Bombala students honour St Mary MacKillop with new artwork
St Joseph’s Primary School, Bombala, has long links with St Mary of the Cross MacKillop, and now it has beautiful student-made artwork to honour her.
With the guidance and assistance of local artist Tanja Ponsford, the student body designed and created a large felted artwork in honour of Australia’s first saint.
Mary MacKillop visited Bombala in the late 1800s. The school was started in 1888 by the Sisters of St. Joseph and is still, through its commitments to social justice, educational excellence and equity, very dedicated to the work and values of St Mary of the Cross and her Order.
During the artmaking process, students explored what they knew about Saint Mary MacKillop and how she impacted their life and faith.
Molly McGuiness and Sarah Campbell, two Year 6 students, were heavily involved in making the large felted artwork.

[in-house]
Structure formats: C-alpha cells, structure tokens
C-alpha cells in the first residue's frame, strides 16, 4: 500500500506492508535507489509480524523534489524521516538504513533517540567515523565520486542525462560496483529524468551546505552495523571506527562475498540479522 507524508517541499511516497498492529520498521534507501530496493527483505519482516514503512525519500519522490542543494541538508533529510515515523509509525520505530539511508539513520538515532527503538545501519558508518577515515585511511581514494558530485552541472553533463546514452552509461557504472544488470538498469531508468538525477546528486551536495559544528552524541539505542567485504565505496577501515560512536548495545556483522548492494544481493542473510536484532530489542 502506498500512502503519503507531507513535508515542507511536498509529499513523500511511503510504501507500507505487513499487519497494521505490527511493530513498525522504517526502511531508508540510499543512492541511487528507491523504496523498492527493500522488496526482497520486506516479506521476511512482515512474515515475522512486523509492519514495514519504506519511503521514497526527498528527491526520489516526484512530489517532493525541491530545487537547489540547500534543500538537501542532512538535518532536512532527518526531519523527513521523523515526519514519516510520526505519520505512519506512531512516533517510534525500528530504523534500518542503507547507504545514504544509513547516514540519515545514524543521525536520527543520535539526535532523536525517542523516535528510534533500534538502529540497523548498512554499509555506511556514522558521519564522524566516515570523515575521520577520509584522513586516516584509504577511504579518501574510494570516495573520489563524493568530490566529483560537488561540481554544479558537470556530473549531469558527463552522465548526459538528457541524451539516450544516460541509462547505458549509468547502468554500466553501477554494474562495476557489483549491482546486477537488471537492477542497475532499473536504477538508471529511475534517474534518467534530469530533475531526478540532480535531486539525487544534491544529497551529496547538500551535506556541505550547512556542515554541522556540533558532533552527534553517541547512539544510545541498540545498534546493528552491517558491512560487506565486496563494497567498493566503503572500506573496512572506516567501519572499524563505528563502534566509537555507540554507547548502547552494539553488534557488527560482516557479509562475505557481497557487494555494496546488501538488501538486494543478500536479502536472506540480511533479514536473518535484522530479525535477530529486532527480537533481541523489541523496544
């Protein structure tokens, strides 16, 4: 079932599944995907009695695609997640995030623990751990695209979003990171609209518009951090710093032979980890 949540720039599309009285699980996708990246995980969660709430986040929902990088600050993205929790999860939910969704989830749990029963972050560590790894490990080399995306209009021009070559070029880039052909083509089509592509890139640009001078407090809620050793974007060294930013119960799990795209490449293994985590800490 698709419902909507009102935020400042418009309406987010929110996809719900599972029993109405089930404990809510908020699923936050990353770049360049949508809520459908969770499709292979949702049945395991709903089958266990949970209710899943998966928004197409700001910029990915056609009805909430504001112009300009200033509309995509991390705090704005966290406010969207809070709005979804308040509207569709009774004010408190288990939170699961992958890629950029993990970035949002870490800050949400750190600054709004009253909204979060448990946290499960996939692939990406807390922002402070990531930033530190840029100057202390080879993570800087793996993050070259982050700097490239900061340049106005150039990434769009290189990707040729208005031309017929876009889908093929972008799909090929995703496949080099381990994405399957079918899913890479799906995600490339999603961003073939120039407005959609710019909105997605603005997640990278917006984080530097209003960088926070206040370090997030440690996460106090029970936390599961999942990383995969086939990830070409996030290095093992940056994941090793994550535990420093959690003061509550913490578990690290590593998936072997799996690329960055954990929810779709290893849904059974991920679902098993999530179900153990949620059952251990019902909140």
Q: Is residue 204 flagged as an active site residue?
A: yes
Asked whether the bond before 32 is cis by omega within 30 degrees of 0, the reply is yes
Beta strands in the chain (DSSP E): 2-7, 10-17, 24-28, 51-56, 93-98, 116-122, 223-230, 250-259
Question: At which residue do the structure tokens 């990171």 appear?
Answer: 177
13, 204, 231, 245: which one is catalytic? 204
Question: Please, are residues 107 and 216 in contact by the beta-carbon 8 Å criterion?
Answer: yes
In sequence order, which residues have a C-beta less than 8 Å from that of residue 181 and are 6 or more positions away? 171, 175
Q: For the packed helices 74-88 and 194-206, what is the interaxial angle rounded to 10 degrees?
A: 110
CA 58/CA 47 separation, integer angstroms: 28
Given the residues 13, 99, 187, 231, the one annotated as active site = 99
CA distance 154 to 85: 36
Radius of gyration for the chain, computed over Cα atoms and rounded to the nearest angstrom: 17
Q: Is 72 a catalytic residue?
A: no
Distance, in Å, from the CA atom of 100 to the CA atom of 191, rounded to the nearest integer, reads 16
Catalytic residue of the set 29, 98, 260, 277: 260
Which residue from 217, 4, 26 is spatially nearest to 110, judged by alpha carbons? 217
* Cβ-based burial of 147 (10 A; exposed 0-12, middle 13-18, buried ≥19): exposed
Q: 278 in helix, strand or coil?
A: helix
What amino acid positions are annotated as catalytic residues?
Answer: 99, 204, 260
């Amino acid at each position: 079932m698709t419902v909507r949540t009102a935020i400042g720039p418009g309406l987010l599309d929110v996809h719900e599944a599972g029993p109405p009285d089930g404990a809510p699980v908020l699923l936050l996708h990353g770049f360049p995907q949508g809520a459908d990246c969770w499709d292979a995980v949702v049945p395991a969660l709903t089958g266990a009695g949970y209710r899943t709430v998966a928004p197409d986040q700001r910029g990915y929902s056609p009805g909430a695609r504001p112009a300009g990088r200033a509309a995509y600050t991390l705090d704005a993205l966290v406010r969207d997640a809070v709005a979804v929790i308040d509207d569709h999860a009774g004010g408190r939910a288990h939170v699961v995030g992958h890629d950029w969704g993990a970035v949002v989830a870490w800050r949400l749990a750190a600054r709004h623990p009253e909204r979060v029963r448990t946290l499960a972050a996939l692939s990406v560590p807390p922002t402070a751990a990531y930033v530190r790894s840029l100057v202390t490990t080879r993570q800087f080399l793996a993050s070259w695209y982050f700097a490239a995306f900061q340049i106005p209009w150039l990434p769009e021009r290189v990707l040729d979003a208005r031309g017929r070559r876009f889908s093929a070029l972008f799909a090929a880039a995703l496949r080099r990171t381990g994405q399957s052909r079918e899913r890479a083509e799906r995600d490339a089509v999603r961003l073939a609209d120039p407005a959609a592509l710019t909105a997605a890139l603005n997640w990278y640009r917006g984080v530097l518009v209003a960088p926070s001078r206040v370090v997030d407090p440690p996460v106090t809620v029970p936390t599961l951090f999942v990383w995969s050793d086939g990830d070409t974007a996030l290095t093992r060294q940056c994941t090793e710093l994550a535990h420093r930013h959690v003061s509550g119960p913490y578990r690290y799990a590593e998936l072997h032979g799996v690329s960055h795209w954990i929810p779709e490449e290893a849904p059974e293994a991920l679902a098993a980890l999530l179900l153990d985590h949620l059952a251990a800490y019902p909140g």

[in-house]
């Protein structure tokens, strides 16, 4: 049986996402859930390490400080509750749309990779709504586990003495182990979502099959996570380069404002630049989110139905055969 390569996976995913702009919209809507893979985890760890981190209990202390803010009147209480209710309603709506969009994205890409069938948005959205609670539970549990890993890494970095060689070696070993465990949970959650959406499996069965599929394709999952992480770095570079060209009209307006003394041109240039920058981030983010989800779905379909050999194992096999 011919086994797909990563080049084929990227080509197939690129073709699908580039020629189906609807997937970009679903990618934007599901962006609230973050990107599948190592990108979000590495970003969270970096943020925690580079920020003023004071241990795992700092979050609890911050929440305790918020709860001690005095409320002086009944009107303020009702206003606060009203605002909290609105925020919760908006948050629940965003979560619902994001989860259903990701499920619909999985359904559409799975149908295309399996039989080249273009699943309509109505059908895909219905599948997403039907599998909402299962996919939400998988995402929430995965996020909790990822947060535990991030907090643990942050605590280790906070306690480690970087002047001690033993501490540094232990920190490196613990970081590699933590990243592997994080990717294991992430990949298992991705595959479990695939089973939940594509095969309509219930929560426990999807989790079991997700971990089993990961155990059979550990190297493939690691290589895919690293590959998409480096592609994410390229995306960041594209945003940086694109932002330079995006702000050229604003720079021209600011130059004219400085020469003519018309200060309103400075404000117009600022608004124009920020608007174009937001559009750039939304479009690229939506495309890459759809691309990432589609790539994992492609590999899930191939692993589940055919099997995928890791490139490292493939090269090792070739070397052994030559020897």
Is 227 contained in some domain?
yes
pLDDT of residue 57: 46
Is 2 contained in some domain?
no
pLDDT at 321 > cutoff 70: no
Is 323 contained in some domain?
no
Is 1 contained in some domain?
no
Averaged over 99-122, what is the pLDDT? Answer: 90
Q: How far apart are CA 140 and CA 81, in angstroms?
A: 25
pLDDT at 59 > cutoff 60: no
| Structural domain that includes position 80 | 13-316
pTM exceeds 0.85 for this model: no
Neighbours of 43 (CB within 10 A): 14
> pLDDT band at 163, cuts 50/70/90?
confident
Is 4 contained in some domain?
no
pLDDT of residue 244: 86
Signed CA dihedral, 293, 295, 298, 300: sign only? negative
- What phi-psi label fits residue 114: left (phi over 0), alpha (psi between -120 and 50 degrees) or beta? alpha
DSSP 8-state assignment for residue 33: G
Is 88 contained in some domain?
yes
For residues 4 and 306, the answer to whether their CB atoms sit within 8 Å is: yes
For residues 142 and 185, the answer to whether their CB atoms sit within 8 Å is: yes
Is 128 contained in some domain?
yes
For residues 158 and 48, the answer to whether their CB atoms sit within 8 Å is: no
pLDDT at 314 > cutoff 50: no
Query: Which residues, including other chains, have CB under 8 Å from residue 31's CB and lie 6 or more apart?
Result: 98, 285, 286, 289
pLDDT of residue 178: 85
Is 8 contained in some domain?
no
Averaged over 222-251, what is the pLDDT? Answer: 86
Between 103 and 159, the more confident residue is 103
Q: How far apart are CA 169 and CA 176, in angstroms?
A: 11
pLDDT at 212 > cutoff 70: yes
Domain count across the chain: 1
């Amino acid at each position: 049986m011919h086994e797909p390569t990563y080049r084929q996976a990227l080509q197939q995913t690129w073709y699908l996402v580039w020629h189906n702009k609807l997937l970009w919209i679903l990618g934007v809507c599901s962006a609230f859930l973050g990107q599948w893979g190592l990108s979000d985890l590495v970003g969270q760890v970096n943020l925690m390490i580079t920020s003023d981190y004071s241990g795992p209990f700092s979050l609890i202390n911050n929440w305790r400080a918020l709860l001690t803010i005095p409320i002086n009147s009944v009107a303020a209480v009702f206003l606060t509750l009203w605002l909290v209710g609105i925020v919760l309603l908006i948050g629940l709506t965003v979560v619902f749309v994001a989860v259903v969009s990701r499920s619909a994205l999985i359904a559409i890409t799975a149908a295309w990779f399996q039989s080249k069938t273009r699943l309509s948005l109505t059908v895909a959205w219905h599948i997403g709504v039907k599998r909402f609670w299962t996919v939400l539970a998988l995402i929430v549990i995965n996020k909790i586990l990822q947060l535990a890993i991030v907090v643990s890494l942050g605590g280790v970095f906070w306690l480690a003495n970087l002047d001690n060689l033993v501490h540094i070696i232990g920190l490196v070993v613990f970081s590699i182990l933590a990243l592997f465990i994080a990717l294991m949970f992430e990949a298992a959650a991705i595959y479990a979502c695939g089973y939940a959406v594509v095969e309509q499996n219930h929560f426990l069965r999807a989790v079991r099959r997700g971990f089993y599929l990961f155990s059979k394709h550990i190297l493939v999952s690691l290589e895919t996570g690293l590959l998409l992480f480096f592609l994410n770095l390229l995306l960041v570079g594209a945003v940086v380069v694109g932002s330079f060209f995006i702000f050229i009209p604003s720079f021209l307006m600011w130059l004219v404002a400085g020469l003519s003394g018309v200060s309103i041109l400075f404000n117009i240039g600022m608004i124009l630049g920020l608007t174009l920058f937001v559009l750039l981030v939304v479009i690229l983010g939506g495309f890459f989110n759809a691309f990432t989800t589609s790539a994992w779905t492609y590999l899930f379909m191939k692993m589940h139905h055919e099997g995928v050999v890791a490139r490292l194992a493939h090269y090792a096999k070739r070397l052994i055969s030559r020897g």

“When I think of Mary MacKillop”, Molly said, “I think of a kind, loving woman who helped all and believed in providing education to all children. Helping with the artwork was really enjoyable and it was good to learn how to felt as there were many steps to follow. I can’t wait to see it hung in our new library when renovations finish.”
“When I think of Mary MacKillop, I think of a passionate and courageous woman who helped others no matter what,” said Sarah.
“The teachers at our school and Mary MacKillop have a lot in common — always trying to help us with our education and learning.”
When reflecting on the process and the finished product Sarah said it was a great experience learning new things from Tanja, such as felting and exploring faith through art.
“It was also pretty special because the entire school from Kindy to Year 6 were able to be part of making it,” she said.
Artist Tanja Ponsford felt ‘honoured’ to lead the creation and learn further about Australia’s first Saint.
Tanja said all the children who participated were enthusiastic and brought inspiration and ideas to the work from their own lives. For example, one idea came from a student who brought in his wool from his farm, and another student’s farm was inspiration for the Long Horn and Highland cows in the picture.
And the finished product is something to treasure!